Ed Seykota’s Trading Style
- My style is basically trend following, with some special pattern recognition and money management
- In order of importance to me are: (1) the long-term trend, (2) the current chart pattern, and (3) picking a good spot to buy or sell. Those are the three primary components of my trading. Way down in very distant fourth place are my fundamental ideas and, quite likely, on balance, they have cost me money.
- I consider trend following to be a subset of charting. Charting is a little like surfing. You don’t have to know a
lot about the physics of tides, resonance, and fluid dynamics in order to catch a good wave. You just have to be able to sense when it’s happening and then have the drive to act at the right time.
- Common patterns transcend individual market behavior (my note: i.e. price patterns are similar across different markets).
- Trade with the long-term trend.
- Cut your losses.
- Let your profits ride.
- Bet as much as you can handle and no more.
Buying on Breakouts
- If I were buying, my point would be above the market. I try to identify a point at which I expect the market momentum to be strong in the direction of the trade, so as to reduce my probable risk.
- I don’t try to pick a bottom or top.
- If I am bullish, I neither buy on a reaction, nor wait for strength; I am already in. I turn bullish at the instant
my buy stop is hit, and stay bullish until my sell stop is hit. Being bullish and not being long is illogical.
Only Exit When Stops are Hit and Set Stops Immediately
- I set protective stops at the same time I enter a trade. I normally move these stops in to lock in a profit as
the trend continues. Sometimes, I take profits when a market gets wild. This usually doesn’t get me out any better than waiting for my stops to close in, but it does cut down on the volatility of the portfolio, which helps calm my nerves. Losing a position is aggravating, whereas losing your nerve is devastating.
- Before I enter a trade, I set stops at a point at which the chart sours.
Learn to Get Back In
- Getting back in is an essential part of trend following.
Hold Your Position Until the Trend is Invalidated, Do Not Let Go of Your Position. Be Willing to Experience Your Anxieties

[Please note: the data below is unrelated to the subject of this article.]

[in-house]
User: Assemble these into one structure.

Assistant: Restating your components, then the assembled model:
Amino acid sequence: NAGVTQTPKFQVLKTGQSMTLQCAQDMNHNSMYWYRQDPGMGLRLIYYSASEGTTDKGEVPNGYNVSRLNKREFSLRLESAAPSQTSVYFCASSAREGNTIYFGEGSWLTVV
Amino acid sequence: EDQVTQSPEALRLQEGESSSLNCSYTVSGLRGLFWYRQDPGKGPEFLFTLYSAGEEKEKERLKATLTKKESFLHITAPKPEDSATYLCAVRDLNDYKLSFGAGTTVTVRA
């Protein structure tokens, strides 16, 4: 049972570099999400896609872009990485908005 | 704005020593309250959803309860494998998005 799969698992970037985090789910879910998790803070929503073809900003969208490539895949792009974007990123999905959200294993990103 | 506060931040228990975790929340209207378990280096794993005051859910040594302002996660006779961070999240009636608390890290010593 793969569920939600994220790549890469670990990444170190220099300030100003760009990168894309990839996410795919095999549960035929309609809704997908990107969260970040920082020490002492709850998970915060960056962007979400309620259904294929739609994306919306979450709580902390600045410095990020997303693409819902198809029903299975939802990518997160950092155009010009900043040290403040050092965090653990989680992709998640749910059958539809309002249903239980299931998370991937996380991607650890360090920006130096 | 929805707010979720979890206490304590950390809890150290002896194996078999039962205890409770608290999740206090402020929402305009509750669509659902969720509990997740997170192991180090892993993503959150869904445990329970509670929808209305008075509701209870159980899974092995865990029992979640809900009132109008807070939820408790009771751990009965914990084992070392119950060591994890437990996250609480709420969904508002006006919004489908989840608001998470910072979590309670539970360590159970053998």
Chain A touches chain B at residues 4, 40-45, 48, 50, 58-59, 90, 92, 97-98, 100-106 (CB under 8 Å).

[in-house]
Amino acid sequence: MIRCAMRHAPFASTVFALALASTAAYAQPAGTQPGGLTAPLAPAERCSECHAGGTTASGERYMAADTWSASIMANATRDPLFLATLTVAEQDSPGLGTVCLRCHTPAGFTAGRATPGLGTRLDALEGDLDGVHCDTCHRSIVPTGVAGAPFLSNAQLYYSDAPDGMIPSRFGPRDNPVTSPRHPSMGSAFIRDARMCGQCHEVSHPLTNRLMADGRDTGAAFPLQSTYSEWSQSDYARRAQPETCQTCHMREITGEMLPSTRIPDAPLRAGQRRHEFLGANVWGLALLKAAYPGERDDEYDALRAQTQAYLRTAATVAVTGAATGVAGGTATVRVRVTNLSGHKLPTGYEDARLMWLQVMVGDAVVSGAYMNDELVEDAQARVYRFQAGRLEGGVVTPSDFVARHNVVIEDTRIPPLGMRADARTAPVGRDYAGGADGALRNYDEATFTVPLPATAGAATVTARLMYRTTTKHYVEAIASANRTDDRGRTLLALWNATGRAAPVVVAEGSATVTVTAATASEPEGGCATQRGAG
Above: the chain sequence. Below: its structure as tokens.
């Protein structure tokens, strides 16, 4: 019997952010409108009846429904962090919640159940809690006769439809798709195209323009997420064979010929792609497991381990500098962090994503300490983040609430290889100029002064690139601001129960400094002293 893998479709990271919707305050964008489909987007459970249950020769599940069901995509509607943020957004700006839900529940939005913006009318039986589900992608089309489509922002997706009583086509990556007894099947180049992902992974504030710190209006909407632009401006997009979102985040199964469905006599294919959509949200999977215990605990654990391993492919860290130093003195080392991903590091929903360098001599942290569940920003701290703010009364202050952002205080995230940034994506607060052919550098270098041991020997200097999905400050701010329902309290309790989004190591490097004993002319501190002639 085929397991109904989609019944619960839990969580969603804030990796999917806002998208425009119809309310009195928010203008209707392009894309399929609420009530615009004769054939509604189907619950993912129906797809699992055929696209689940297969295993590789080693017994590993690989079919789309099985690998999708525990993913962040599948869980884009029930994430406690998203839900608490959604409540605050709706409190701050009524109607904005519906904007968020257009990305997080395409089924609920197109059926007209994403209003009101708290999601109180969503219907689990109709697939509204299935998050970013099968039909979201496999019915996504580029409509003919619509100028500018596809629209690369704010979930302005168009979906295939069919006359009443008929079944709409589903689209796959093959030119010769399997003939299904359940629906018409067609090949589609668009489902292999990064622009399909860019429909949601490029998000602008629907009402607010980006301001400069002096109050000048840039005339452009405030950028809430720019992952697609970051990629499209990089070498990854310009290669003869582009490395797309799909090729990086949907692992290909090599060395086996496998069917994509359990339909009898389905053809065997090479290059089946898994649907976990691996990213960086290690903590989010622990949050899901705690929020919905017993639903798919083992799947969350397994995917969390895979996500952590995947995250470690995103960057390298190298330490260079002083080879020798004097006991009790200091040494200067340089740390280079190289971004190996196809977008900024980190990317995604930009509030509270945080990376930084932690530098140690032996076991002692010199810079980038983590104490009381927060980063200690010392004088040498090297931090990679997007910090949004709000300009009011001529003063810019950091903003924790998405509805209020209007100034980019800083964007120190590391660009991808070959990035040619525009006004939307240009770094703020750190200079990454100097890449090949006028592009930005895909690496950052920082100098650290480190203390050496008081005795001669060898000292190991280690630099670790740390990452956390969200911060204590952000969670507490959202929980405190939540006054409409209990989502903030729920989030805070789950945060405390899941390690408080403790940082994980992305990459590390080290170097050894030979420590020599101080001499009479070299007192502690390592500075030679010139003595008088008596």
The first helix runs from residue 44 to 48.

- Maintaining a commitment is particularly important when it comes up for a test.
- Somewhere along the line of keeping your commitment you may get a feeling that you don’t like.
- If you are willing to experience the feeling, it can transform into an AHA that supports your commitment.
- If you are unwilling to experience the feeling, you might abandon your commitment to try to make the feeling go away. That only results in having to feel the feeling after all.
- The more you are willing to experience the feeling of bumping into walls, the less you have to bump into walls.
- Trading requires skill at reading the markets and at managing your own anxieties.
- People have a Conscious Mind and Fred. Fred wants to communicate feelings to CM so CM can experience them and gain experience and share it with Fred so Fred can learn how to react. This is how we manufacture wisdom. When we don’t like our feelings we tie them in k-nots and do not experience them. This interrupts the wisdom manufacture process, and draws drama into our lives.
- K-nots, protect us from truth and keep our lives in drama. To untie k-nots, fully experience whatever appears in the moment.
- When you keep your eye on the prize and are willing to experience all the feelings that arise, the prize soon becomes yours.
Do Not Shut Out or Ignore Your Fear
- The positive intention of fear is risk control.
- People who are unwilling to experience fear tend to take big risks and wind up in big drama in which the risk materializes.
- People with poor risk control tend to bet heavy. So they tend to outperform others in good markets, and under-perform them in poor ones.
- Risk is the uncertain possibility of loss. If you could quantify risk exactly, it would no longer be risk.
- Risk control has to do with your willingness to allow your stop to do its job.